Then my friend Susan asked me to join her book club and I did and it was great. I haven't missed a meeting since, even though I never got past page 40 of What the Body Remembers.
This book club involves someone hosting dinner. There is the usual depressing understanding among women: No one wants to get fat. But meal planning is more complicated than that with this group. One woman is vegan. One woman absolutely can not eat gluten. One woman was on a cleanse the month I hosted, so she didn't eat anything at all, just drank herbal tea.
Dinner this last Friday, hosted by Alicia, started with homemade cashew "cheese" and gluten-free crackers. Alicia promised to send the recipe and when she does I will print it here, because this cashew "cheese" was sensational. Not as a replacement for cheese itself, but as something delicious in its own right.
We sat down to dinner. Two lasagnas: one vegan and gluten-free, the other merely vegan. We were allowed to choose. Here's what puzzled me: Everyone wanted the gluten-free lasagna. I understand why people with celiac disease can't eat gluten, but most people don't have celiac disease. When I said I didn't mind having the gluten-full lasagna, I felt slightly uneasy, like I'd been left out of yet another important girly secret.
We talked about the book (Shopgirl by Steve Martin) and movies and Michele Bachman and then, over coffee and soy creamer, the conversation turned to cleanses and the whole gluten business. Apparently, it's all about something called inflammation.
Unlike me, you probably know about inflammation, which leads to heart disease, stroke, cancer, pain, everything you don't want. Apparently, some foods are inflammatory, and some foods are anti-inflammatory. White foods -- including potatoes -- appear to be inflammatory and are to be avoided. Alcohol: very inflammatory. (The women in the group do not seem to mind this particular inflammatory.) Tomatoes and eggplant: inflammatory. Blueberries: anti-inflammatory. My book club members believe gluten is also inflammatory, although this turns out to be controversial. For the record, Dr. Weil does not see any reason to avoid gluten if you are not gluten sensitive.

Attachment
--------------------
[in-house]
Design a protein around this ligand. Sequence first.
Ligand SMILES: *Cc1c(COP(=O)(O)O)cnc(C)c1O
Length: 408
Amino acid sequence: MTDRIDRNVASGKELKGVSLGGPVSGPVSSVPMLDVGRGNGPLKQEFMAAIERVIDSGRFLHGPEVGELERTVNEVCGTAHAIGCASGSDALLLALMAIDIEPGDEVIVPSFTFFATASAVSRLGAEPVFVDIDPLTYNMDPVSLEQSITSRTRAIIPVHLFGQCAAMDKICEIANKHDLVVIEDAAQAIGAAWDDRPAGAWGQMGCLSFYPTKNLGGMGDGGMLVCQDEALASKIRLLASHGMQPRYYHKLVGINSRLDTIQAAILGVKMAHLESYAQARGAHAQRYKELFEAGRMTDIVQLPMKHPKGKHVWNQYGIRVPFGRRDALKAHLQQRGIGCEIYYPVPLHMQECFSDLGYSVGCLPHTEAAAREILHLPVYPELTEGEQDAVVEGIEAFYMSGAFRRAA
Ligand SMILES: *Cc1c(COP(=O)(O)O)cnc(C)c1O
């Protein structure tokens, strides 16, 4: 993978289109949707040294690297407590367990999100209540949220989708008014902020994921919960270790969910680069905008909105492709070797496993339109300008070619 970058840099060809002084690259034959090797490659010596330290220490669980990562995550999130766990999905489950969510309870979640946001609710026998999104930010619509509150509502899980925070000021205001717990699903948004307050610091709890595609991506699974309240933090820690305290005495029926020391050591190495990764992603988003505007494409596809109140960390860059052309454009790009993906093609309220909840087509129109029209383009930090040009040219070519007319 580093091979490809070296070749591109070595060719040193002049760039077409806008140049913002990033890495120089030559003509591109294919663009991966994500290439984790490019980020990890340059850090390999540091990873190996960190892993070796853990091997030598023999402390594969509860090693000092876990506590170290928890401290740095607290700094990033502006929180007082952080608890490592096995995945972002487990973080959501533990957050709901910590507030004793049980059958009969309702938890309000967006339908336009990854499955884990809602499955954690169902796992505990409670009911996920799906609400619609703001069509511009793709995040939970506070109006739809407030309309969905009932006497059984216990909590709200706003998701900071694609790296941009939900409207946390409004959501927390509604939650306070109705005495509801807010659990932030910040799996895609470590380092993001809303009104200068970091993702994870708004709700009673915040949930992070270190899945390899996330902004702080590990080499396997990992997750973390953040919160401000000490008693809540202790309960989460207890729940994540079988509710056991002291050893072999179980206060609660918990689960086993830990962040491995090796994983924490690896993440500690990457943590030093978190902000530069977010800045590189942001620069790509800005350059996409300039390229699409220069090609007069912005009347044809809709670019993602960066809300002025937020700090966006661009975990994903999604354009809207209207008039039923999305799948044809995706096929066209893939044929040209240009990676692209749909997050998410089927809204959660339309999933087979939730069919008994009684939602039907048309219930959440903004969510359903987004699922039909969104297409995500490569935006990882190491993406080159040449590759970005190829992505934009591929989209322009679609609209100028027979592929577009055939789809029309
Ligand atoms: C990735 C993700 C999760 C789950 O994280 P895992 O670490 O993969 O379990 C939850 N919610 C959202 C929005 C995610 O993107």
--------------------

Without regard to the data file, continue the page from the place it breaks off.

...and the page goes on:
So perplexing. So interesting. I was gazing into the middle distance while processing my thoughts about inflammation when a woman said gravely, "Jennifer, are you okay?"
Everyone fell silent and looked at me, which was awful. I said, "Oh I'm fine. I was just thinking about white foods."
Anyway, this is how dietary theories inform/complicate my life: Last night I was going to cook African food, but in the end I didn't want to go to the supermarket and I kind of wanted to try the box of gluten-free quinoa spaghetti that I'd inherited from my mother and which had languished in the cupboard for over a year. I made a sauce of olive oil (good fat), a whole head of garlic (major anti-inflammatory), broccoli (ditto) and red pepper flakes and served it with the gluten-free spaghetti. Then I added some inflammatory Parmesan cheese, because the pasta didn't taste good until I did. How was it? No one could even tell it wasn't "normal" spaghetti. I drank inflammatory white wine and ate some extra broccoli to offset the wine. This morning when I made my coffee I wondered if soy milk might be a better choice than super-inflammatory dairy milk. But isn't soy milk a white food? Or is it beige? I was going to have a slice of toast with some peanut butter for breakfast, but there's gluten in my bread and we only had Jif, which contains sugar, a white food.
And so I ate a pear with 1 ounce of inflammatory cheddar cheese and felt like I'd started the day on the wrong foot.
Inflammation. Just one more thing I'll worry about when I'm trying to decide what to cook and what to eat, without ever really believing that these inflammatory foods that people have eaten for centuries can be truly bad. On the fence: The story of my life.
Next month's book club book: The Emperor of All Maladies, A Biography of Cancer. It was that or the Dalai Lama's Art of Happiness. I voted for cancer.
On another subject, yesterday we went to a high school football game. It was not exactly like one of the games on Friday Night Lights and I'm sorry to report that while the teenagers in our town are very good looking, they're not as good looking as teenagers in Dillon.
At half time, I walked home with Owen and his cousin Stella, who is 5. I started a conversation with Stella. We discussed school, her friends and her upcoming birthday, for which she would like a rock tumbler. I thought I was being a benevolent and interested aunt when I asked, "Are there any cute boys in your class? Do you have a boyfriend?" She yanked my hand, glared at me, and burst into tears. She cried stormily for the next three minutes while I apologized helplessly and Owen berated me: "MOM! No one likes it when you ask those things." He started to cry tears of sympathy with Stella and pinched the inside of arm so hard there's a purple bruise now.
Life is so confusing!